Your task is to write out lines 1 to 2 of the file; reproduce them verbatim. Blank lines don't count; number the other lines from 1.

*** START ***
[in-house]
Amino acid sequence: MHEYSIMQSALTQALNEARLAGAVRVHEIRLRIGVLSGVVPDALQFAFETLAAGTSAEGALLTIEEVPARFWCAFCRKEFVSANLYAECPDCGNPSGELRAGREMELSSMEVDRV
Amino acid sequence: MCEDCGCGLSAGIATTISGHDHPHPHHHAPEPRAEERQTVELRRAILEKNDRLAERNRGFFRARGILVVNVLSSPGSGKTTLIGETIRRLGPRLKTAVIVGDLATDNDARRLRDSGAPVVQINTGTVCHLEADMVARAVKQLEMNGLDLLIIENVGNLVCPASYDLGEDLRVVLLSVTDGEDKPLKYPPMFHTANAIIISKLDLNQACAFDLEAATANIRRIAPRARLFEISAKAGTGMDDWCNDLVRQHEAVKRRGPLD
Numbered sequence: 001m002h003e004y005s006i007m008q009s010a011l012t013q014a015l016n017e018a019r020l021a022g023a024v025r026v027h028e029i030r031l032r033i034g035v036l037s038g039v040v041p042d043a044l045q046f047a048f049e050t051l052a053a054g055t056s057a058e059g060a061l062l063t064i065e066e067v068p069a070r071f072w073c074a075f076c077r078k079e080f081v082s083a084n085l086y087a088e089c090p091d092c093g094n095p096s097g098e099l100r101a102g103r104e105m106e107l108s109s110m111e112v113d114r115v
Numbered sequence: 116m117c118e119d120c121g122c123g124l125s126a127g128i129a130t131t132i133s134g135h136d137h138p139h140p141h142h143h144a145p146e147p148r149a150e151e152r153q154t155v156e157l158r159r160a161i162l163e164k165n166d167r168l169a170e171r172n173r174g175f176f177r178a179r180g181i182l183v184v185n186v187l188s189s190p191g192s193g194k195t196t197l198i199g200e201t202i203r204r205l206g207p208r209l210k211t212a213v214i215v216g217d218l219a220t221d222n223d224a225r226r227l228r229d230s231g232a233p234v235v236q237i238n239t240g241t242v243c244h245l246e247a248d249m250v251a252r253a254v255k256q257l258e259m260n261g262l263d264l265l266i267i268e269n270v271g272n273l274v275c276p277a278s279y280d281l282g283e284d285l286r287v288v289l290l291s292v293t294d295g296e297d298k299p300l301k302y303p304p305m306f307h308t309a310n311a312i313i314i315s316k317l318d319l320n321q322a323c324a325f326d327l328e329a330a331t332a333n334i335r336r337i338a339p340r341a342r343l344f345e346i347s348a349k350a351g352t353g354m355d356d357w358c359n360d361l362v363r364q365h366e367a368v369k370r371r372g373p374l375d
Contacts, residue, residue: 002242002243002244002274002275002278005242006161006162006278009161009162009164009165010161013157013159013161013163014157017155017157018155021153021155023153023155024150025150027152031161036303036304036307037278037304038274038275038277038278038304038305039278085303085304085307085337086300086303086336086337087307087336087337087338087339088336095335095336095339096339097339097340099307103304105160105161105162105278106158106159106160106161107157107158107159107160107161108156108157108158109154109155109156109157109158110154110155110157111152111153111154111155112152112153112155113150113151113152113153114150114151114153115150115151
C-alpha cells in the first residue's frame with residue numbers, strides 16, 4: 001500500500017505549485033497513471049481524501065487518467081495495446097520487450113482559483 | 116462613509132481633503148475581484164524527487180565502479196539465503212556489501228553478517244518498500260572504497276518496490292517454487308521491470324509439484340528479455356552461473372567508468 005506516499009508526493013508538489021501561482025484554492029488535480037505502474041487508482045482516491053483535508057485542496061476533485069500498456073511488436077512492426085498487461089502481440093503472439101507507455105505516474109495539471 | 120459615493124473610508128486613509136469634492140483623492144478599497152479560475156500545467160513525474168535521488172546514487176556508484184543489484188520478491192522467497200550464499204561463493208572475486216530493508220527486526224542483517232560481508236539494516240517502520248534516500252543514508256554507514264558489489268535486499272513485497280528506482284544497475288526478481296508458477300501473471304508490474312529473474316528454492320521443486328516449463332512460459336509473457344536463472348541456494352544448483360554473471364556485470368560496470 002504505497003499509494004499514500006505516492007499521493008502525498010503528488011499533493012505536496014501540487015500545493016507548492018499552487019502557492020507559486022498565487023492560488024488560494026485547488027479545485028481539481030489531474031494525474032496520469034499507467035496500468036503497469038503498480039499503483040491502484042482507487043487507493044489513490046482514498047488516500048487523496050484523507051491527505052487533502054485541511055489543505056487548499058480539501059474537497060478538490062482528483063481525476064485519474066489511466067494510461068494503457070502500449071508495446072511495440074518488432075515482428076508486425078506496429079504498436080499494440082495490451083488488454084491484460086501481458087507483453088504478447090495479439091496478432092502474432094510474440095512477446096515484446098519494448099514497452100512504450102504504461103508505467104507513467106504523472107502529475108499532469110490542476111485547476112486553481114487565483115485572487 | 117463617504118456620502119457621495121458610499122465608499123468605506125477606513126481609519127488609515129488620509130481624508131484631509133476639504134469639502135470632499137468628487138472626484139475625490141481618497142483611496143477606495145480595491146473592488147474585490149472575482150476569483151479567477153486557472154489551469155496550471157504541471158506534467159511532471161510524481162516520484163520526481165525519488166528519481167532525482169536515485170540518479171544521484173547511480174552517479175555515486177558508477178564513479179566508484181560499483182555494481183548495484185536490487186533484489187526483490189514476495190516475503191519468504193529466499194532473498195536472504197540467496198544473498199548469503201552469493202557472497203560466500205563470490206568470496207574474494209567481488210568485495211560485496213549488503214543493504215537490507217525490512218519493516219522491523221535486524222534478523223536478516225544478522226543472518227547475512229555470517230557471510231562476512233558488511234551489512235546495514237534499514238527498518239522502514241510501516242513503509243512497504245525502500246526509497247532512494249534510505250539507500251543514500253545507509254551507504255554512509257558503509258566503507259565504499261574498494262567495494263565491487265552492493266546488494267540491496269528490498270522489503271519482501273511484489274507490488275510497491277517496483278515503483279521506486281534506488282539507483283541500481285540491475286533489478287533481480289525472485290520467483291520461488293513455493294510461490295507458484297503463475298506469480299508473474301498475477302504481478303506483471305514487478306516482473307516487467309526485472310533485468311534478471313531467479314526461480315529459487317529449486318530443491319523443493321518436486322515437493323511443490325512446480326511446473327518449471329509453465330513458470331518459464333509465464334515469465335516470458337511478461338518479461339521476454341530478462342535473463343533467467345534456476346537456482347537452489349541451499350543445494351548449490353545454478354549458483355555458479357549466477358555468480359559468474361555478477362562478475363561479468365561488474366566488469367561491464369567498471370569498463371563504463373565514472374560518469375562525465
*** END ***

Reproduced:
[in-house]
Amino acid sequence: MHEYSIMQSALTQALNEARLAGAVRVHEIRLRIGVLSGVVPDALQFAFETLAAGTSAEGALLTIEEVPARFWCAFCRKEFVSANLYAECPDCGNPSGELRAGREMELSSMEVDRV